Government hopes of cutting the number of employment tribunal cases could come to nothing, UK employers believe. According to a survey by IRS Employment Review, published by LexisNexis IRS, more than four out of five senior human resource managers (83.4%) think that proposals set out in the Employment Bill to overhaul dispute procedures will either have no impact on the number of Employment Tribunal (ET) cases or will lead to an increase.
Among the 300-plus HR directors in the study, one in three (34.7%) thought plans to introduce a right for working parents of young children to ask for flexible working arrangements would lead to an increase in ET cases, while one in five (22.4%) thought moves to give fixed-term workers equal pay with permanent employees will have the same effect.
The findings are published in the current issue of IRS Employment Review.
The survey also shows that most employers are more concerned with coping with legal issues thrown up by their own workforce’s actions than with implementing any specific piece of legislation. Six out of ten employers (61%) reported that dealing with disciplinary or grievance cases had taken up most of their time and energy over the past 12 months.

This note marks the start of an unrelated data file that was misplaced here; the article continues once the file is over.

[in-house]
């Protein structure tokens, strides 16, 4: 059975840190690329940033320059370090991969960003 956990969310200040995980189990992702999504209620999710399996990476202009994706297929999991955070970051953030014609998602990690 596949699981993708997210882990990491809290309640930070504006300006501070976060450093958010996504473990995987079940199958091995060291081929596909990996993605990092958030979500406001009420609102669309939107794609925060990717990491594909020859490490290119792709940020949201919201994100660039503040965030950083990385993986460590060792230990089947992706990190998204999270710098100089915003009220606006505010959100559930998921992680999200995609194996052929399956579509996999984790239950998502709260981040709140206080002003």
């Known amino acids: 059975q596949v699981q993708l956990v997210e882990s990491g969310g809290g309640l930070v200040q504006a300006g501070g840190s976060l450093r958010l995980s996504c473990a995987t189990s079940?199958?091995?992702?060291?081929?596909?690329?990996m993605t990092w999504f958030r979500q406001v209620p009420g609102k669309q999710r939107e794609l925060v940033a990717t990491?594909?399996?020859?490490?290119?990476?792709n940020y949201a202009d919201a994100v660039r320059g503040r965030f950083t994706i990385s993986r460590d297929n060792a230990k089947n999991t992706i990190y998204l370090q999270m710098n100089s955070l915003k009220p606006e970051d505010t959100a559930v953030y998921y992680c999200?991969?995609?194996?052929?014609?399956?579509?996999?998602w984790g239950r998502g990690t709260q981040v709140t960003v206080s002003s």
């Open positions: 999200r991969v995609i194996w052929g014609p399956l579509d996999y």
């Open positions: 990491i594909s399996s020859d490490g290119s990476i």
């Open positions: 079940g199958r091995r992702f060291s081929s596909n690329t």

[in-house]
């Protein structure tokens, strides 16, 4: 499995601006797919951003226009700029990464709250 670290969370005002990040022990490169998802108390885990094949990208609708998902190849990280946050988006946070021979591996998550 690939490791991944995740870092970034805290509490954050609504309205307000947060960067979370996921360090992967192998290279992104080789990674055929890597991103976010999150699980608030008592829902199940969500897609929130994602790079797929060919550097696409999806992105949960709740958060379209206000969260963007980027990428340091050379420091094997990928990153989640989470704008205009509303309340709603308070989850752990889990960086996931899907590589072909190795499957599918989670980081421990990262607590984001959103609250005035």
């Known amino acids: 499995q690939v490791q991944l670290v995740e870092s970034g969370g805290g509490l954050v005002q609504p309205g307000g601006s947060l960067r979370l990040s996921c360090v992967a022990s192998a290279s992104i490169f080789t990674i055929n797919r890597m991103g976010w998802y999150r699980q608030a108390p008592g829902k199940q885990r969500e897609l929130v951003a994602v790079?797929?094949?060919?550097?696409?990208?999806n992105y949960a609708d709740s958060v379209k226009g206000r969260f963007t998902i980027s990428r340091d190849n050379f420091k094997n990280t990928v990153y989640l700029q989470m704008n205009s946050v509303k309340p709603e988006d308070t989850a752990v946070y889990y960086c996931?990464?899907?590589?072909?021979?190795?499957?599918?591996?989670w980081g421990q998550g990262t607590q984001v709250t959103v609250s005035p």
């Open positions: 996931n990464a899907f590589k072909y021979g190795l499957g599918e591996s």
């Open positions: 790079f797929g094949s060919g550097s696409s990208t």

Commenting on these implications, employment lawyer, Richard Lister of Lewis Silkin said: “I can’t remember a time when the pace of change was so fast. There is a real employment law boom and I think a lot of employers see legislation coming out on a monthly basis and are bewildered. Stress at work is also giving rise to litigation: “We are seeing a lot of disability discrimination claims that have to do with stress. There are many ways that stress can be brought into litigation, and I don’t think it’s an issue that’s going to go away.”
Other key findings include:
58% of respondents cited data protection legislation as the corporate administration issue that affected the majority of HR professionals. Redundancies also figured prominently – concerning two out of five respondents.
The top 10 future legal issues (based on aggregated totals – see survey details) are:
changes to terms and conditions
part-time or flexible working
internal disciplinary/grievance cases
Employment Tribunal cases
Parental leave/time off for dependents
Working Time Regulations/working hours.
IRS Employment Review managing editor, Mark Crail explained the findings: “Since the Labour government took office in 1997, there has been a sharp increase in the volume of new legislation affecting employers. The steady flow of labour laws stems in part from the government’s own social agenda, which has produced new requirements such as the National Minimum Wage and reintroduced the right to trade union recognition. But the biggest impact on organisations has come from Europe and this shows no sign of being reduced in the future. With the recent EU Directive on works councils just passed, employers will have to adjust to ensuring that their staff are consulted within a legally-defined framework. HR professionals must be diligent to ensure that their practices comply with so much changing legislation.”